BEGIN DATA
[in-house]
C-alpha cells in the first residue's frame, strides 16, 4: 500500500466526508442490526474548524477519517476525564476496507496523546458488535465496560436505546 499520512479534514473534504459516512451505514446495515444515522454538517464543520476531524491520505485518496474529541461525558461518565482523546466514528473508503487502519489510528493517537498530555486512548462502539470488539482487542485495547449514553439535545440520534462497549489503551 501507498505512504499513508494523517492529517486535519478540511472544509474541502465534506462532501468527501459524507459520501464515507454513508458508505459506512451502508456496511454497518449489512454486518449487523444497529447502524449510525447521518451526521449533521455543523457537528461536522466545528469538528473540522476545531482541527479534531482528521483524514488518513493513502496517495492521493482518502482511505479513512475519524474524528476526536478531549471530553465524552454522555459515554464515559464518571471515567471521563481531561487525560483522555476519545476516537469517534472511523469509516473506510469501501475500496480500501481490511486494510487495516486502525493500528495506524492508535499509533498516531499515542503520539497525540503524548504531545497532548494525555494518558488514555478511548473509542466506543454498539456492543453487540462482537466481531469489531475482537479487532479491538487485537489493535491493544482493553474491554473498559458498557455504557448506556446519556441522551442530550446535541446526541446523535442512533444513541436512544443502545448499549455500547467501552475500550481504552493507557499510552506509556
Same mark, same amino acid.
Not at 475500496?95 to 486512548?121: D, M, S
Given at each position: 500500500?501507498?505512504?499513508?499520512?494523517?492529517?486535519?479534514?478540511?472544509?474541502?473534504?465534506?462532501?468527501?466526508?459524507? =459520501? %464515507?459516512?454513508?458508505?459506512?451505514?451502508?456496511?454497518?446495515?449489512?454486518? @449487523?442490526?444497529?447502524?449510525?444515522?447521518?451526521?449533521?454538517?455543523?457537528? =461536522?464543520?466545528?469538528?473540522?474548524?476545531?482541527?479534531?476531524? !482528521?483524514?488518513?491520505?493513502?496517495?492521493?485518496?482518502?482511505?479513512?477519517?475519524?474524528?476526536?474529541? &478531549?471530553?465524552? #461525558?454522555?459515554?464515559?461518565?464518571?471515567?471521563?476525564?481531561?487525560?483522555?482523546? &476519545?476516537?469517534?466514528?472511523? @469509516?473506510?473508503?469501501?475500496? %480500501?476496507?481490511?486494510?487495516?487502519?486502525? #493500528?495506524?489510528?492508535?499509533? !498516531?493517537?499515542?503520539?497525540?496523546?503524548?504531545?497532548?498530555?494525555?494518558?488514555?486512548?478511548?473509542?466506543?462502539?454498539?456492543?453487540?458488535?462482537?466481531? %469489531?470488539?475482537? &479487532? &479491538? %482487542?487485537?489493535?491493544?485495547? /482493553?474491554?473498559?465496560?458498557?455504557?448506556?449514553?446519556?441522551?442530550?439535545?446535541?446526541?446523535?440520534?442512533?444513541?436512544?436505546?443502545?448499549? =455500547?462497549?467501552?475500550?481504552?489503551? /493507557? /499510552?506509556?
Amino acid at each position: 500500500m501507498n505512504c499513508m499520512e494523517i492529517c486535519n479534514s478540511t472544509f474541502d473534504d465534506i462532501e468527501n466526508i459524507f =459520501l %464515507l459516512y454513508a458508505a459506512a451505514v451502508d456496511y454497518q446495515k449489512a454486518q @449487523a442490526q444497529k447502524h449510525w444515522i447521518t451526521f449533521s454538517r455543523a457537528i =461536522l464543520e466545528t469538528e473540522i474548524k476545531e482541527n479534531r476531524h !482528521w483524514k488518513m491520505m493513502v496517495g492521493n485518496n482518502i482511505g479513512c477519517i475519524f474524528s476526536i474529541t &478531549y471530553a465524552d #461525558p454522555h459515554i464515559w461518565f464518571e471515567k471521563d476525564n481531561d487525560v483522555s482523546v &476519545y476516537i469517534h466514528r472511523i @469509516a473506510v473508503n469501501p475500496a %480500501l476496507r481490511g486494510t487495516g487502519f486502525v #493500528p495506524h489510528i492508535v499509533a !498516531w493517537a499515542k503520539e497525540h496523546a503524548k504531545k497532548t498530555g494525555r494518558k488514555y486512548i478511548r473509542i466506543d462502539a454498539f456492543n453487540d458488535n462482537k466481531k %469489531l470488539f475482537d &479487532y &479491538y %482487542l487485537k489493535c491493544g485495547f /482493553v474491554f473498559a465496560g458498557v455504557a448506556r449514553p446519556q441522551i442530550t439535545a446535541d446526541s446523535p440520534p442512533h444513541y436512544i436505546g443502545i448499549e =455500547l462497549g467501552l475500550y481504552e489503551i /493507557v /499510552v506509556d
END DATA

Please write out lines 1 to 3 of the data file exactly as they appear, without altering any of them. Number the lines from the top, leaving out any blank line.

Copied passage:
[in-house]
C-alpha cells in the first residue's frame, strides 16, 4: 500500500466526508442490526474548524477519517476525564476496507496523546458488535465496560436505546 499520512479534514473534504459516512451505514446495515444515522454538517464543520476531524491520505485518496474529541461525558461518565482523546466514528473508503487502519489510528493517537498530555486512548462502539470488539482487542485495547449514553439535545440520534462497549489503551 501507498505512504499513508494523517492529517486535519478540511472544509474541502465534506462532501468527501459524507459520501464515507454513508458508505459506512451502508456496511454497518449489512454486518449487523444497529447502524449510525447521518451526521449533521455543523457537528461536522466545528469538528473540522476545531482541527479534531482528521483524514488518513493513502496517495492521493482518502482511505479513512475519524474524528476526536478531549471530553465524552454522555459515554464515559464518571471515567471521563481531561487525560483522555476519545476516537469517534472511523469509516473506510469501501475500496480500501481490511486494510487495516486502525493500528495506524492508535499509533498516531499515542503520539497525540503524548504531545497532548494525555494518558488514555478511548473509542466506543454498539456492543453487540462482537466481531469489531475482537479487532479491538487485537489493535491493544482493553474491554473498559458498557455504557448506556446519556441522551442530550446535541446526541446523535442512533444513541436512544443502545448499549455500547467501552475500550481504552493507557499510552506509556
Same mark, same amino acid.